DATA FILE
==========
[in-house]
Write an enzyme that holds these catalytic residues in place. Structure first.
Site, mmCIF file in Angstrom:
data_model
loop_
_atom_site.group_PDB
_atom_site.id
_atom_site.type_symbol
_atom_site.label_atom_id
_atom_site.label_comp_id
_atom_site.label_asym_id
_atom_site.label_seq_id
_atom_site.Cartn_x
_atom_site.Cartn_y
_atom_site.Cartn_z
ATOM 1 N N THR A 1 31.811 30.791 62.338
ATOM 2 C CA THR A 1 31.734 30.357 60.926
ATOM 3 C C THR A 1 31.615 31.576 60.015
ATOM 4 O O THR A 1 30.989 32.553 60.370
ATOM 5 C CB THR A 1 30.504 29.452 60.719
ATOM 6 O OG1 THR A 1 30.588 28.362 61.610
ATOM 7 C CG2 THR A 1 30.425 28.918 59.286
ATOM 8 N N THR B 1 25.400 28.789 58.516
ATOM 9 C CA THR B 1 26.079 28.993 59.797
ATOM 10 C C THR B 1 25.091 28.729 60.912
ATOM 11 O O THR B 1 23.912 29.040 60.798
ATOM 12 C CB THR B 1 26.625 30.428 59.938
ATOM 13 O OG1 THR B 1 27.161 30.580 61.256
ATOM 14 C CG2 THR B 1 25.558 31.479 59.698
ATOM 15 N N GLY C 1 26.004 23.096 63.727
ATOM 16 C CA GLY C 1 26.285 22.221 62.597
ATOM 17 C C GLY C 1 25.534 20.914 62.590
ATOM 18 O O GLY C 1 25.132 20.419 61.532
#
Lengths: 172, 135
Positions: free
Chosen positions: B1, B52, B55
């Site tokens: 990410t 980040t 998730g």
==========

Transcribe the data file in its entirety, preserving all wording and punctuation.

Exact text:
[in-house]
Write an enzyme that holds these catalytic residues in place. Structure first.
Site, mmCIF file in Angstrom:
data_model
loop_
_atom_site.group_PDB
_atom_site.id
_atom_site.type_symbol
_atom_site.label_atom_id
_atom_site.label_comp_id
_atom_site.label_asym_id
_atom_site.label_seq_id
_atom_site.Cartn_x
_atom_site.Cartn_y
_atom_site.Cartn_z
ATOM 1 N N THR A 1 31.811 30.791 62.338
ATOM 2 C CA THR A 1 31.734 30.357 60.926
ATOM 3 C C THR A 1 31.615 31.576 60.015
ATOM 4 O O THR A 1 30.989 32.553 60.370
ATOM 5 C CB THR A 1 30.504 29.452 60.719
ATOM 6 O OG1 THR A 1 30.588 28.362 61.610
ATOM 7 C CG2 THR A 1 30.425 28.918 59.286
ATOM 8 N N THR B 1 25.400 28.789 58.516
ATOM 9 C CA THR B 1 26.079 28.993 59.797
ATOM 10 C C THR B 1 25.091 28.729 60.912
ATOM 11 O O THR B 1 23.912 29.040 60.798
ATOM 12 C CB THR B 1 26.625 30.428 59.938
ATOM 13 O OG1 THR B 1 27.161 30.580 61.256
ATOM 14 C CG2 THR B 1 25.558 31.479 59.698
ATOM 15 N N GLY C 1 26.004 23.096 63.727
ATOM 16 C CA GLY C 1 26.285 22.221 62.597
ATOM 17 C C GLY C 1 25.534 20.914 62.590
ATOM 18 O O GLY C 1 25.132 20.419 61.532
#
Lengths: 172, 135
Positions: free
Chosen positions: B1, B52, B55
């Site tokens: 990410t 980040t 998730g």